That's how it's going to be in the American League East: back and forth, tit for tat, right down to the wire. Simply put, we're watching the best division battle in baseball unfold.
For a while, it looked like the Jays might fly away with it.
Toronto went all-in at the trade deadline, acquiring All-Star shortstop Troy Tulowitzki and ace left-hander David Price, and they ripped off an 11-game winning streak that included a three-game sweep of New York at Yankee Stadium.
Suddenly, there was a new juggernaut in town. And it was worth wondering if the Yankees would ever recover.
Over the weekend, the boys in Pinstripes gave us their answer.
New York took the first two games at Rogers Centre, including a thrilling 4-3 comeback Friday, to reclaim first place.
Then, on Sunday, they sent touted rookie Luis Severino to the hill with a chance to return the sweeping favor and deliver a staggering blow.
Toronto, however, had an answer of its own. Backed by a two-run homer off the bat of Jose Bautista and a solid outing by right-hander Drew Hutchison, the Blue Jays notched a 3-1 win and trimmed the Yankees' lead to half a game.
Just how close is this race? FanGraphs puts the chances of the Yankees winning it at 47.8 percent. The Jays? They're sitting at 48.0 percent.
So it's a statistical dead heat, a veritable coin toss—back and forth, tit for tat.
The Jays can mash, but so can the Yankees; the two squads rank first and second in MLB in runs scored, respectively.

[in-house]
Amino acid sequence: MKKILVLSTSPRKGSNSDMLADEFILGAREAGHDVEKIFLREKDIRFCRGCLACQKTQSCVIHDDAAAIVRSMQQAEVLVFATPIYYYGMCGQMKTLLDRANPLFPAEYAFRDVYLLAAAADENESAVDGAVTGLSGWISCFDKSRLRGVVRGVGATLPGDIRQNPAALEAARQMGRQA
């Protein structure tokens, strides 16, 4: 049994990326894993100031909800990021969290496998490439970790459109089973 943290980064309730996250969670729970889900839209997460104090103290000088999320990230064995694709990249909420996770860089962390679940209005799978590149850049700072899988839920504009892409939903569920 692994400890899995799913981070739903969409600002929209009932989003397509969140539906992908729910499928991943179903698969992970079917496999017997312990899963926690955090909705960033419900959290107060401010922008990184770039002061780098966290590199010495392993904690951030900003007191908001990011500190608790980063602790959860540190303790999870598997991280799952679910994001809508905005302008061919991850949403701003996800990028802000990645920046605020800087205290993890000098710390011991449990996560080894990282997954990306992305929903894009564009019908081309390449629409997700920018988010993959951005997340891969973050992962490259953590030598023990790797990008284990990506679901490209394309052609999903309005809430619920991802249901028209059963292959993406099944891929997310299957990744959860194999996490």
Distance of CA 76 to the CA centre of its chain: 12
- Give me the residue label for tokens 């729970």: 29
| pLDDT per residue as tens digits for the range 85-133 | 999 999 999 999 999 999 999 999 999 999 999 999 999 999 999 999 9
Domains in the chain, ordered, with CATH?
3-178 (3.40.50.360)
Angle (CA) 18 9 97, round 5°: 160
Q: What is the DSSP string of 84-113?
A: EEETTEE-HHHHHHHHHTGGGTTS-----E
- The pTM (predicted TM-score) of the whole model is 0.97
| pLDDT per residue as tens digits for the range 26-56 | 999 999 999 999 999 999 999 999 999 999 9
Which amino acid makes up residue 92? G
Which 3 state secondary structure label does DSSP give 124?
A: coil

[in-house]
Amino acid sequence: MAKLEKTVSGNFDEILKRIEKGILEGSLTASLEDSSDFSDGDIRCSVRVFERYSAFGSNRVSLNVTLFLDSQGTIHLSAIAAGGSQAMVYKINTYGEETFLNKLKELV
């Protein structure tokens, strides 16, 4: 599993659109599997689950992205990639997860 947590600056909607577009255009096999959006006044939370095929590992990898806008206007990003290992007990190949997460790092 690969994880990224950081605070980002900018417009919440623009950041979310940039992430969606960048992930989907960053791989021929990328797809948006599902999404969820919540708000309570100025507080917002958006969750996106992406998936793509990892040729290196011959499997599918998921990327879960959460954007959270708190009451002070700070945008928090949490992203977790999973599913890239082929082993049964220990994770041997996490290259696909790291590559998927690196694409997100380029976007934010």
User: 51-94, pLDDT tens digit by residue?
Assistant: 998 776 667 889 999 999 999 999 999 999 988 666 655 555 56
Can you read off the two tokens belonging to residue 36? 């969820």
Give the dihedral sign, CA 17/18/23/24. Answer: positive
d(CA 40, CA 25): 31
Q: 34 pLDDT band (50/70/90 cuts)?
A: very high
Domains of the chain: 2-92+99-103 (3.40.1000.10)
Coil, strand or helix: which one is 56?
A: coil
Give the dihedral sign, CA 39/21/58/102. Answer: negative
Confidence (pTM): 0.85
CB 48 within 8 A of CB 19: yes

The Jays added Price to bolster their rotation. The Yankees boast a shutdown bullpen headlined by Andrew Miller and Dellin Betances.
If you're looking for a tipping point, it could be that the Yankees are leaning—hard—on veterans with injury histories like Alex Rodriguez, Mark Teixeira and Carlos Beltran to make the offense hum. And their starting five is counting on continued health from Masahiro Tanaka, he of the ticking-time-bomb elbow.
Skipper Joe Girardi, though, has made a point to give his aging core a breather whenever possible.
"Joe has done a real good job with everyone here being able to find some days to give us a break, keep everyone fresh," Beltran said, per Billy Witz of the New York Times. "This time of the year, you have to come ready to play. It doesn’t matter the situation. I know everyone's banged up, a little sore, but we cannot be thinking about that."
On the flip side, the Jays are no wide-eyed neophytes, as manager John Gibbons explained to SportsNet.ca's Shi Davidi.
"We don't have a bunch of young kids riding that emotional roller-coaster," Gibbons told Davidi. "These guys have all been through it before."
As a franchise, however, Toronto hasn't been through it for a long time.
In this case, "it" is a postseason berth, something the Blue Jays haven't secured since 1993, the longest such drought in North American professional sports.
Even if many of Toronto's top players—guys like Russell Martin, Josh Donaldson and Price—have playoff experience, there's no denying the added pressure the Jays must feel to bust their ignoble streak.
As ESPN.com's Wallace Matthews noted, while the Yankees' once-comfortable division lead has evaporated, "the edge is still there, the team is still in first place."
For how long? Time and, more to the point, the seven remaining games between Toronto and New York will tell.
The two squads tangle in a four-game series beginning Sept. 10 in the Bronx, followed by a three-game set beginning Sept. 21 north of the border.
That flurry of head-to-head action could resolve the matter, but here's betting it'll drag on till the end.
This is how A-Rod summed things up to Witz: “Keep working hard. Five, six-hundred at-bats, you're going to go through ups and downs. Like the stock market."
Only in this case, the situation's even more volatile—and the future's even harder to predict.
All statistics and standings current as of Aug. 16 and courtesy of MLB.com unless otherwise noted.